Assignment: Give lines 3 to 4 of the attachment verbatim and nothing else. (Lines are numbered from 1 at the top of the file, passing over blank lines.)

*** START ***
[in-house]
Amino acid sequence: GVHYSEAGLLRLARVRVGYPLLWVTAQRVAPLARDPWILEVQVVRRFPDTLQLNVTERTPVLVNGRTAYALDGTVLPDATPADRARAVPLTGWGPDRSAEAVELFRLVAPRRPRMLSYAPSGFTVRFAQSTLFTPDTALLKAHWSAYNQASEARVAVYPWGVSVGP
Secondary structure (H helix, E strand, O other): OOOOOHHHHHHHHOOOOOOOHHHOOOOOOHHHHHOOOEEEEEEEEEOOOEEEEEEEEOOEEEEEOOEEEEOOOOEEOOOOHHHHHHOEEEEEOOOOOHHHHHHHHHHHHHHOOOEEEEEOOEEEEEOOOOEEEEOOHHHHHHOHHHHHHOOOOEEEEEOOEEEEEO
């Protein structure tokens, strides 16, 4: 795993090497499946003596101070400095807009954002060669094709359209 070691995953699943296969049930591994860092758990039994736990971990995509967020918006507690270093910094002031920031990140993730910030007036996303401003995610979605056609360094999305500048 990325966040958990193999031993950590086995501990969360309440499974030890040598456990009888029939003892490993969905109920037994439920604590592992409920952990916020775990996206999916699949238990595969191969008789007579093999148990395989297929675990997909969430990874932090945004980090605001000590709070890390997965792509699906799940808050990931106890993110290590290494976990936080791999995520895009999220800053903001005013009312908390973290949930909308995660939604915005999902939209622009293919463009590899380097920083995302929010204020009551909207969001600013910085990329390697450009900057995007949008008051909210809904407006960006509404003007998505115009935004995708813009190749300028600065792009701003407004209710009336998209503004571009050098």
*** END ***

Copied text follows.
Secondary structure (H helix, E strand, O other): OOOOOHHHHHHHHOOOOOOOHHHOOOOOOHHHHHOOOEEEEEEEEEOOOEEEEEEEEOOEEEEEOOEEEEOOOOEEOOOOHHHHHHOEEEEEOOOOOHHHHHHHHHHHHHHOOOEEEEEOOEEEEEOOOOEEEEOOHHHHHHOHHHHHHOOOOEEEEEOOEEEEEO
């Protein structure tokens, strides 16, 4: 795993090497499946003596101070400095807009954002060669094709359209 070691995953699943296969049930591994860092758990039994736990971990995509967020918006507690270093910094002031920031990140993730910030007036996303401003995610979605056609360094999305500048 990325966040958990193999031993950590086995501990969360309440499974030890040598456990009888029939003892490993969905109920037994439920604590592992409920952990916020775990996206999916699949238990595969191969008789007579093999148990395989297929675990997909969430990874932090945004980090605001000590709070890390997965792509699906799940808050990931106890993110290590290494976990936080791999995520895009999220800053903001005013009312908390973290949930909308995660939604915005999902939209622009293919463009590899380097920083995302929010204020009551909207969001600013910085990329390697450009900057995007949008008051909210809904407006960006509404003007998505115009935004995708813009190749300028600065792009701003407004209710009336998209503004571009050098």